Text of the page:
In order to reduce the variability in what, when, how the PDs should be collected, it might be helpful to take a look at how the data about the PDs are analyzed and used. 

After the protocol deviation data is collected, the data will be mapped into the CDISC data sets (DV data set in SDTM and ADDV data set in ADaM). Then a data listing will be generated to list all protocol deviations by subjects including the date the protocol deviation occurred, the description of the protocol deviation, the category of the protocol deviation (out of visit window, informed consent issue, SAE safety reporting issue, ......), and the classification of the protocol deviations (minor, major, critical, or important).  A statistical summary table will then be generated for all protocol deviations and for major protocol deviations. 

The protocol deviation data will then be used in the following aspects: 

For the clinical study report (CSR):

CSR must include a section to describe the protocol deviations that occurred during the conduct of the study. According to  ICH E3 (Structure and Content of Clinical Study Reports), the protocol deviations section is an essential part of the CSR.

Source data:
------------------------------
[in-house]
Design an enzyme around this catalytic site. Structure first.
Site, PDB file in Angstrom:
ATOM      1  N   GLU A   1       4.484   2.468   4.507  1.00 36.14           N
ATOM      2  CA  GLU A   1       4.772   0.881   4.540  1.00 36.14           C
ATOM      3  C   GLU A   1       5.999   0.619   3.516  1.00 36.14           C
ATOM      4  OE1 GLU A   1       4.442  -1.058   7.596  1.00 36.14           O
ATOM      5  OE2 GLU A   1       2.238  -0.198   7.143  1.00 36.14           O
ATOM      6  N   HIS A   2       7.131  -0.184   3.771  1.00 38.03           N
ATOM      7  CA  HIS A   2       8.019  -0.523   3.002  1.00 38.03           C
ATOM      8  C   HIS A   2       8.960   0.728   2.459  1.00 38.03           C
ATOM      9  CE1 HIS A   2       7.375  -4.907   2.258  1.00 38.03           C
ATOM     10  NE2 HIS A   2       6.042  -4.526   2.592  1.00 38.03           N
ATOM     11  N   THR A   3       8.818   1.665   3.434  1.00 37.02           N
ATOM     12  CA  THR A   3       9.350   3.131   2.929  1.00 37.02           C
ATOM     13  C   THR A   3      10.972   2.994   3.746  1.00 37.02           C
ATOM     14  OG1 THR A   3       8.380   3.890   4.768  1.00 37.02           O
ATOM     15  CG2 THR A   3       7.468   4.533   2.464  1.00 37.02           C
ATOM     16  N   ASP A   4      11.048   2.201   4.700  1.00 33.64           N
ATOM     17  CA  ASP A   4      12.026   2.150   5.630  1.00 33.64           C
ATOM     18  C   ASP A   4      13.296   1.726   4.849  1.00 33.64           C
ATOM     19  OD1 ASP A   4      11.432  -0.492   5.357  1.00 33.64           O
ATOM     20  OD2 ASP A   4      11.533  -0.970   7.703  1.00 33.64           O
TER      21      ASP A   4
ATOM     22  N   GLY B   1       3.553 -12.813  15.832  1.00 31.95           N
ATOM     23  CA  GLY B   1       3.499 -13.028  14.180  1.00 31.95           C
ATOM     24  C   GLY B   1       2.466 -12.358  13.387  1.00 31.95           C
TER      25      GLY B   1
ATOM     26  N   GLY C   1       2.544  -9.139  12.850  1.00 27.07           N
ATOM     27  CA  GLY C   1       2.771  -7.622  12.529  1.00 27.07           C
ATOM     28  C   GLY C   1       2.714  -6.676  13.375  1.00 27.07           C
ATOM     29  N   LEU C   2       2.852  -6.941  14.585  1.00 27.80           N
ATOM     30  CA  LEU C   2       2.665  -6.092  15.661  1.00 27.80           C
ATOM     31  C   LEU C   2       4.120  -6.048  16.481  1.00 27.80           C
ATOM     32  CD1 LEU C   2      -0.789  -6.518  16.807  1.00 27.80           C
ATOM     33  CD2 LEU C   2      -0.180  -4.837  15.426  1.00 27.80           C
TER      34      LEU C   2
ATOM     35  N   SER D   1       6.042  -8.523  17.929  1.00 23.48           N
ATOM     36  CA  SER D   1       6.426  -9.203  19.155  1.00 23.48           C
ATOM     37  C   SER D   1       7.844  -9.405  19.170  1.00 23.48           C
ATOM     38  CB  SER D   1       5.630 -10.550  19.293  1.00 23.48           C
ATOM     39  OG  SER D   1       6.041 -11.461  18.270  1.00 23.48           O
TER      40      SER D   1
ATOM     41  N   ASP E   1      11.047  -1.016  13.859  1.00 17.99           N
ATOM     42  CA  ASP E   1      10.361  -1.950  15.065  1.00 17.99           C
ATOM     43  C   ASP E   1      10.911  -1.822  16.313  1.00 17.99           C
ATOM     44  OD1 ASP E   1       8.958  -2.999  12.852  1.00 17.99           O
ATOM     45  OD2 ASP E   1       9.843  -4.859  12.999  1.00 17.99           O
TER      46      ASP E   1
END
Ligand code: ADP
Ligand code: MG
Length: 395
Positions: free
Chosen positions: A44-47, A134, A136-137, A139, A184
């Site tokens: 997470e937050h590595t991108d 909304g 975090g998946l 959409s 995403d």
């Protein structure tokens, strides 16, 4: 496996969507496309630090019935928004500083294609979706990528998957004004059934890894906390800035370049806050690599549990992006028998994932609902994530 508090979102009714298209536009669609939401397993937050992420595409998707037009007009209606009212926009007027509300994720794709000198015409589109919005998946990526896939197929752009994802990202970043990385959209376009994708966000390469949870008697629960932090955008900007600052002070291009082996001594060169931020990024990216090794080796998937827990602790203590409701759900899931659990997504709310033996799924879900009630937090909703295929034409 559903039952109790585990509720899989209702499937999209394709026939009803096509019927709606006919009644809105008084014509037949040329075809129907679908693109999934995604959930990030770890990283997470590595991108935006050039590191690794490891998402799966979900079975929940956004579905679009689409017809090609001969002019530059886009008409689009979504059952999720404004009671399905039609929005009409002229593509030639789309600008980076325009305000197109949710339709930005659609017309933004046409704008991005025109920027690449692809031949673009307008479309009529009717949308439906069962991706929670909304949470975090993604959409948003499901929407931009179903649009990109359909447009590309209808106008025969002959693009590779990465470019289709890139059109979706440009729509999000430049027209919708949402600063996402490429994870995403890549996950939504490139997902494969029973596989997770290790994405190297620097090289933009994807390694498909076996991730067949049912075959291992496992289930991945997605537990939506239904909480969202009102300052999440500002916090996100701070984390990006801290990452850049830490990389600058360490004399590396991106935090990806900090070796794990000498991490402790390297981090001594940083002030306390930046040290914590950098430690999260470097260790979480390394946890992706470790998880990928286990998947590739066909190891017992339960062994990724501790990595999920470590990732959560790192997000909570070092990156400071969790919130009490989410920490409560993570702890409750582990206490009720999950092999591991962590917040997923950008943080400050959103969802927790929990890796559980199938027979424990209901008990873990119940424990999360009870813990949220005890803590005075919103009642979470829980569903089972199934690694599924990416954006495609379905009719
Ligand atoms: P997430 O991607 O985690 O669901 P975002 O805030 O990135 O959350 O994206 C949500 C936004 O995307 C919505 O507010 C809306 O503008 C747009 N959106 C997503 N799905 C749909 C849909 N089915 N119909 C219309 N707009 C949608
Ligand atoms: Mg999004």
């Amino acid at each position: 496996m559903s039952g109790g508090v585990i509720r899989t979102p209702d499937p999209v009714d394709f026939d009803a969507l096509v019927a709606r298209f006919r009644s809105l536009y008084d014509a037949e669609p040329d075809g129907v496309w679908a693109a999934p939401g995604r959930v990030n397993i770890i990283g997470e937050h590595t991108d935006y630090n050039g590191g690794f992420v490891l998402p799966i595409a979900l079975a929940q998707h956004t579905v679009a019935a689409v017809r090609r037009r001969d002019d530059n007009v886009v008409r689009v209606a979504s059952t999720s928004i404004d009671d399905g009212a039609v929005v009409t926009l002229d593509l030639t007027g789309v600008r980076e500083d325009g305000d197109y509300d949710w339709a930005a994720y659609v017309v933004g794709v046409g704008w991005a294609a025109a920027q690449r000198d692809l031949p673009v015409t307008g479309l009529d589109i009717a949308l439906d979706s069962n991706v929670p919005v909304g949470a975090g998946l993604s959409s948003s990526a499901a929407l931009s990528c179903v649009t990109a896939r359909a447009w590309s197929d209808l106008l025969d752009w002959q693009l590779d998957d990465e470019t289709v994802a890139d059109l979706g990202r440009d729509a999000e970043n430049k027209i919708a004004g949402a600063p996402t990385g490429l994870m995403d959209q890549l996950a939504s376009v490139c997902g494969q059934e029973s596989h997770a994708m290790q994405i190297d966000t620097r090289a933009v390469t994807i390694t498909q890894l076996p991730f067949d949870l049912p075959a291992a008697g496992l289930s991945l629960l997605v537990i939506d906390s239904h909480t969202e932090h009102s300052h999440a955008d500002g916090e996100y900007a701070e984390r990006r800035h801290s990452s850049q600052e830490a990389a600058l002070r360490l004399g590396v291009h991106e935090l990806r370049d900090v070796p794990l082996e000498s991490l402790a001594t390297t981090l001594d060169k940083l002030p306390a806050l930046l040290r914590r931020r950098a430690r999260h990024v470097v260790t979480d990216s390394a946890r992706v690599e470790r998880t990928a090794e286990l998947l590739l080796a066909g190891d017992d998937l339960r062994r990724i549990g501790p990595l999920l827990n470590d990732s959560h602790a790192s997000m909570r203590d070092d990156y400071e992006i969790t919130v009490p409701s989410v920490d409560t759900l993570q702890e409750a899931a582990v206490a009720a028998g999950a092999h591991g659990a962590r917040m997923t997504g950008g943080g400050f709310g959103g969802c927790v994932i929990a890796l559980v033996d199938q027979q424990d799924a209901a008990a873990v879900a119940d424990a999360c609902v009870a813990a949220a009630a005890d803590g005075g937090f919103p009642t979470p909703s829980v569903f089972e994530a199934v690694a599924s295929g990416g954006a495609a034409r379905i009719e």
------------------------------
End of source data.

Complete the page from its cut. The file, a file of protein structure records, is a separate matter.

10.2 Protocol Deviations 

All important deviations related to study inclusion or exclusion criteria, conduct of the trial, patient managements or patient assessment should be described. 

In the body of the text, protocol deviations should be appropriately summarized by center and grouped into different categories, such as: 

  • Those who entered the study even though they did not satisfy the entry criteria. 
  • Those who developed withdrawal criteria during the study but were not withdrawn. 
  • Those who received the wrong treatment or incorrect dose. 
  • Those who received an excluded concomitant treatment. 

In Appendix 16.2.2, individual patients with these protocol deviations should be listed, broken down by center for multicenter studies. 

For FDA BIMO of NDA/BLA submission under Center for Drug Evaluation and Research (CDER):

The FDA Office of Scientific Investigations (OSI) requests that the by-site data and listing are provided for Bioresearch Monitoring (BIMO). The by-site data is used by OSI to select the investigational sites for inspections for CDER submissions.